"I think being as granular or detailed about your target market can help is so many ways"
I think being as granular or detailed about your target market can help is so many ways. In its most simple form here are the basic steps:
- Define the ideal customer model
- How many customers match that model
- Who are the established competitors
- Determine the size of potential customer market you can and will address
In a more detailed view:
� First think about your ideal customer target. Who do you want to serve? Is there a common attribute? For example:
o Single Moms
o Young Parents
o Target Age? Target Gender?
o A geographical area based on Zip Codes
o Other common attributes for the ideal customer
� Next, look for demographic information for your target market. There are many public sites available that can help define how many people with the attributes you choose are in your geographic target area?\
� I recommend taking a look at the number of companies or competitors currently delivering products or services to that target market. Also think about online providers that may be servicing customers without a brick and mortar location. You can get just about everything on the internet. That helps you determine the number customers that are not currently being served.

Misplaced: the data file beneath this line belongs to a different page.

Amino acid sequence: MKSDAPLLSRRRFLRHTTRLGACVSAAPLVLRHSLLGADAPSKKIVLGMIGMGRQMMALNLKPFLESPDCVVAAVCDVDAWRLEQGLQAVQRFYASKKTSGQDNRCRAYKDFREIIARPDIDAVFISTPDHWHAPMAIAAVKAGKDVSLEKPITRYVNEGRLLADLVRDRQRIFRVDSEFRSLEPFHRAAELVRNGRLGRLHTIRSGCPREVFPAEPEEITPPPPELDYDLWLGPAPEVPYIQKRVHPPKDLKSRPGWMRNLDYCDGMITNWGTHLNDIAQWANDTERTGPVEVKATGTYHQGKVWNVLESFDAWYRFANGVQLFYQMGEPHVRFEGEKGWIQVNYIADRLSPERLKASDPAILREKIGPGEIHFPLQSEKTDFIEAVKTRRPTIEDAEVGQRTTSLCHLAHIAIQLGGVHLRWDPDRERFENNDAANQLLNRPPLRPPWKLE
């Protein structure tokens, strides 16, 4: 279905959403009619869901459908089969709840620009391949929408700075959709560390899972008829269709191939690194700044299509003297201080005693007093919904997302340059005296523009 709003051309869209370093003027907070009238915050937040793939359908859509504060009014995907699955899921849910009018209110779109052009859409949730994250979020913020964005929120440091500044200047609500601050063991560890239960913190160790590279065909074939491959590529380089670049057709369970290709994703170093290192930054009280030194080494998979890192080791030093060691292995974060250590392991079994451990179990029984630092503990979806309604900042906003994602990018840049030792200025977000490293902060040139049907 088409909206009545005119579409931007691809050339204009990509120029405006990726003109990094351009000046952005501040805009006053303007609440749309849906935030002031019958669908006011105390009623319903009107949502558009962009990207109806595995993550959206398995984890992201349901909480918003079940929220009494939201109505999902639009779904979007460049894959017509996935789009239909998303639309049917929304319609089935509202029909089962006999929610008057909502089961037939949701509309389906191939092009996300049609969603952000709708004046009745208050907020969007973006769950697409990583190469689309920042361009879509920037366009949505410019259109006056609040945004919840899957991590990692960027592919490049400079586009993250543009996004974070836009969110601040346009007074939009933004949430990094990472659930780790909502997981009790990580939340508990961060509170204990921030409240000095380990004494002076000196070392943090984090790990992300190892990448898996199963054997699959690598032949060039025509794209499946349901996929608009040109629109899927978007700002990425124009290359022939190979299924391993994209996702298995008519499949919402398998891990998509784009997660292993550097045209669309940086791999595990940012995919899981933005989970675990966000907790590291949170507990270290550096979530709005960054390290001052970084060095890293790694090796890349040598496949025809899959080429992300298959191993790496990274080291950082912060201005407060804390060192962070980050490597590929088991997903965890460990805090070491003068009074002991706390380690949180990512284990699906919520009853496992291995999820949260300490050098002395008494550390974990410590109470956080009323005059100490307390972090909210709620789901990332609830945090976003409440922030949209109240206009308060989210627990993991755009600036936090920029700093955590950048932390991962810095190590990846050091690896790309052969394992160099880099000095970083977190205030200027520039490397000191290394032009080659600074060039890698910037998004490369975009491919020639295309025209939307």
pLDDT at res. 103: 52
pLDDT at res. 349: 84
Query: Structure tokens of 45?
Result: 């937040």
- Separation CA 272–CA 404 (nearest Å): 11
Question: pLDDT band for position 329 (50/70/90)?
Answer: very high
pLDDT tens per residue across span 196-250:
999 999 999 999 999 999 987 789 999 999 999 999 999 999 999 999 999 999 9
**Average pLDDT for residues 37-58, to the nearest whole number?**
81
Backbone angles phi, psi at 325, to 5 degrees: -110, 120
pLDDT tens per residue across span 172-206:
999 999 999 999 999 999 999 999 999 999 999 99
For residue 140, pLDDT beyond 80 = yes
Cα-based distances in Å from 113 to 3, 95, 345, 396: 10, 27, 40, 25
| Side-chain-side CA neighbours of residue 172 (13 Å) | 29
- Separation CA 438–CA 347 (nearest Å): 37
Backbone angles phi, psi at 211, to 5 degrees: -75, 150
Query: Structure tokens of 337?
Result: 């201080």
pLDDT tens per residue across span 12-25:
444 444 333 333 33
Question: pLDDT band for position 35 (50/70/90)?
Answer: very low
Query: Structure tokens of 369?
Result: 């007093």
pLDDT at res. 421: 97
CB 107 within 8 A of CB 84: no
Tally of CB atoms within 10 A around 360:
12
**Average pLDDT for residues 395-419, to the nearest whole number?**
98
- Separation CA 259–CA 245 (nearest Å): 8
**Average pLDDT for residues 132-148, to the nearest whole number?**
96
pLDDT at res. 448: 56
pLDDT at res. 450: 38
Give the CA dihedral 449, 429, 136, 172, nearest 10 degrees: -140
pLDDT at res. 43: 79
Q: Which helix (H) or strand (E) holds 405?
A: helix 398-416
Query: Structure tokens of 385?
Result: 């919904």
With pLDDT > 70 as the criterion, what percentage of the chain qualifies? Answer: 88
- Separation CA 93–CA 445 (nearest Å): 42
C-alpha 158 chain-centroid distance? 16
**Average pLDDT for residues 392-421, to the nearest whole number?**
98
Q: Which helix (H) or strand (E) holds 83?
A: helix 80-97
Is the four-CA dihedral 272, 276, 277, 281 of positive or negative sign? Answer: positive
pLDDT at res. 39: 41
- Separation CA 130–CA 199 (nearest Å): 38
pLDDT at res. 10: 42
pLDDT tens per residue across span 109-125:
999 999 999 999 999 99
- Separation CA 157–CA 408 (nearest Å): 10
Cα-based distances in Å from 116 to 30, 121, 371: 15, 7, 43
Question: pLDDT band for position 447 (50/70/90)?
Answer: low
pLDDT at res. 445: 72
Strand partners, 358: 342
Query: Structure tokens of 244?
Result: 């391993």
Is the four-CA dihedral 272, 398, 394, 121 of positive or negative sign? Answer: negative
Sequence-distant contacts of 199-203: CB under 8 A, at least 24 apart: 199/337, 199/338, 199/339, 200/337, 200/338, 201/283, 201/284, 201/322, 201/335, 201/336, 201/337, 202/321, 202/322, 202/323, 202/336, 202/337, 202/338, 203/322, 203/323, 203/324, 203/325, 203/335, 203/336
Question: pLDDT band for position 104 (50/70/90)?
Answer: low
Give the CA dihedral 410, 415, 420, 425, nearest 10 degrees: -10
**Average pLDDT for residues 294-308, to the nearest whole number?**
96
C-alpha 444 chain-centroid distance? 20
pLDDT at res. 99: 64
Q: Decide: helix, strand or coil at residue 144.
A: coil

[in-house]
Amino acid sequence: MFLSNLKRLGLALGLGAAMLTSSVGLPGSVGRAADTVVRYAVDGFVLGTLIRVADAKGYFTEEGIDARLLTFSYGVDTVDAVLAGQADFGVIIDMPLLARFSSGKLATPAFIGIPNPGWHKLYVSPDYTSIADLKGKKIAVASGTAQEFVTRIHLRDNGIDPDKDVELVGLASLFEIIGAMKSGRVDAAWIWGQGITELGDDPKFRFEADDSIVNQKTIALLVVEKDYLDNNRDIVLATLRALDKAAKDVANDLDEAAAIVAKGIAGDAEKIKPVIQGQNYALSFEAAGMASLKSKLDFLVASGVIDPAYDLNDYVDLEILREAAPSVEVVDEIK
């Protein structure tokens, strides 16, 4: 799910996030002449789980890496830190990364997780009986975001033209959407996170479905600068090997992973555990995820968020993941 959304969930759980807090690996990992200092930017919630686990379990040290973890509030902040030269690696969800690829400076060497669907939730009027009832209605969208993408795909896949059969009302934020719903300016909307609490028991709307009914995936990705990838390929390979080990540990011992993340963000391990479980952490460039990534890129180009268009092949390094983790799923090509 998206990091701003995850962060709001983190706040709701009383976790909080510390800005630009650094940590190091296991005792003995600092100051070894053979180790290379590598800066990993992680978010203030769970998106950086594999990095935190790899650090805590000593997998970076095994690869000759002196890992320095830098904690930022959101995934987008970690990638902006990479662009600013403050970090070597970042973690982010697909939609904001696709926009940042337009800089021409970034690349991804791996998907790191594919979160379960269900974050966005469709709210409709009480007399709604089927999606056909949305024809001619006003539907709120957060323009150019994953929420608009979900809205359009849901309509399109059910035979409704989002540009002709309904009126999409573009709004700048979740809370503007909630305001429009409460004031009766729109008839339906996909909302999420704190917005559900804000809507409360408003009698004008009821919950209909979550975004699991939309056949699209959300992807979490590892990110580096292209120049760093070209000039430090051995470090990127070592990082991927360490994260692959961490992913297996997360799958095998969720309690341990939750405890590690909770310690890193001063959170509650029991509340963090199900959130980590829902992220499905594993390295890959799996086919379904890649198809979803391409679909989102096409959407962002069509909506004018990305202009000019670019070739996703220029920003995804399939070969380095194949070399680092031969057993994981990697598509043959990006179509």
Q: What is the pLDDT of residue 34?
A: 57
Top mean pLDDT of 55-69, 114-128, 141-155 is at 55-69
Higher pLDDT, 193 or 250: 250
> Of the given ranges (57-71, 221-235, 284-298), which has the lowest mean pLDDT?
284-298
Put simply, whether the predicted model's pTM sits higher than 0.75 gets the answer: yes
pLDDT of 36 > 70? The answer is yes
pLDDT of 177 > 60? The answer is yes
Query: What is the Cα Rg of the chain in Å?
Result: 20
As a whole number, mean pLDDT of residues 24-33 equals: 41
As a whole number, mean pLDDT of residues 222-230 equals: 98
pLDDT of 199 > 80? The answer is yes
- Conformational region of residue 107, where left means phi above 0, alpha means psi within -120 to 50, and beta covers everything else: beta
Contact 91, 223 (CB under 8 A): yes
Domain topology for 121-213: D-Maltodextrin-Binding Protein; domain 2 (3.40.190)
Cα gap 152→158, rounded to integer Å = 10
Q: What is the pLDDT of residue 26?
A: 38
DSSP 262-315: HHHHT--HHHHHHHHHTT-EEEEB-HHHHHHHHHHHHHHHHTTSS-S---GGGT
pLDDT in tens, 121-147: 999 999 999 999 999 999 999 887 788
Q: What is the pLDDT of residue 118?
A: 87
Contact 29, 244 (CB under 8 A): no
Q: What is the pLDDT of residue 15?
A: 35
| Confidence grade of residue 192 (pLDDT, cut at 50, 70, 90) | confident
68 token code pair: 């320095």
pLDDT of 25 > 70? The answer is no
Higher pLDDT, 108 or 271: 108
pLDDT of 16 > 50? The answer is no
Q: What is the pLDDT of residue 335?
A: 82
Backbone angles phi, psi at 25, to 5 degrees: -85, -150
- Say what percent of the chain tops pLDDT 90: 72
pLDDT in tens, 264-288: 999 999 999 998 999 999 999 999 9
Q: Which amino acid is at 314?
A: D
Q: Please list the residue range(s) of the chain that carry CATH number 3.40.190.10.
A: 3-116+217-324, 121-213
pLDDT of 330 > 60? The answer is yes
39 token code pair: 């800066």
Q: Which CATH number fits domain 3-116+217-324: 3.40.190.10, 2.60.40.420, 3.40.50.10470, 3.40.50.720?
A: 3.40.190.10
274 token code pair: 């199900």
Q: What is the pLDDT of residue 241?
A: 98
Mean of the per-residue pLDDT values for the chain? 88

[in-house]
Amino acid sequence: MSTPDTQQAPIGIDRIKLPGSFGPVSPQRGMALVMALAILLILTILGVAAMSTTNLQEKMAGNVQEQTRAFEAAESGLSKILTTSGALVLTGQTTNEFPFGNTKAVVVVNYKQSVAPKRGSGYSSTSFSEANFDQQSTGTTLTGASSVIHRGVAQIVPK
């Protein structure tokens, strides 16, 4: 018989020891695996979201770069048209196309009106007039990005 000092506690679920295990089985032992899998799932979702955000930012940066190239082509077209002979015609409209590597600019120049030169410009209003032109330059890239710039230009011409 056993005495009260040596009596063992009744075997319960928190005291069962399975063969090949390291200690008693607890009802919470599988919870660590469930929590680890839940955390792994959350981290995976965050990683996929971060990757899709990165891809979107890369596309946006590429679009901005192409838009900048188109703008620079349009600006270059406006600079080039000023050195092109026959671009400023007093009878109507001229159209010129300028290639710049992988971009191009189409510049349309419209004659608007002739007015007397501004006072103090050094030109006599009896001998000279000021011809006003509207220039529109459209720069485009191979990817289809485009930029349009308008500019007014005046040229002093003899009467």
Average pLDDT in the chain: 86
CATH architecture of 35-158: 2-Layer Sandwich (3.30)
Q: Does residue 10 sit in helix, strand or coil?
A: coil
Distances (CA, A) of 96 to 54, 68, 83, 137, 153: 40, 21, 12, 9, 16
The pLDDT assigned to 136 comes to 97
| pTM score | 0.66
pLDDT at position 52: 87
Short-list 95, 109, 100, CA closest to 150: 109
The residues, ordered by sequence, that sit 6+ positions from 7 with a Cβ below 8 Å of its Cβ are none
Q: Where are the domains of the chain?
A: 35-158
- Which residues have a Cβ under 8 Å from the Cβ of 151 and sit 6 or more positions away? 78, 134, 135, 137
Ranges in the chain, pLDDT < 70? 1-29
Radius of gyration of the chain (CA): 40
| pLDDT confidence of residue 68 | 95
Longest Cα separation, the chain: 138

� Finally, if your customer base is pretty well served, that means you are going to have to be very competitive. You will need a better price, better offering or better service to win customers. If the customer base appears to be underserved, customer acquisition cost will be lower, and your primary focus will be on reaching and getting visibility to your potential customers.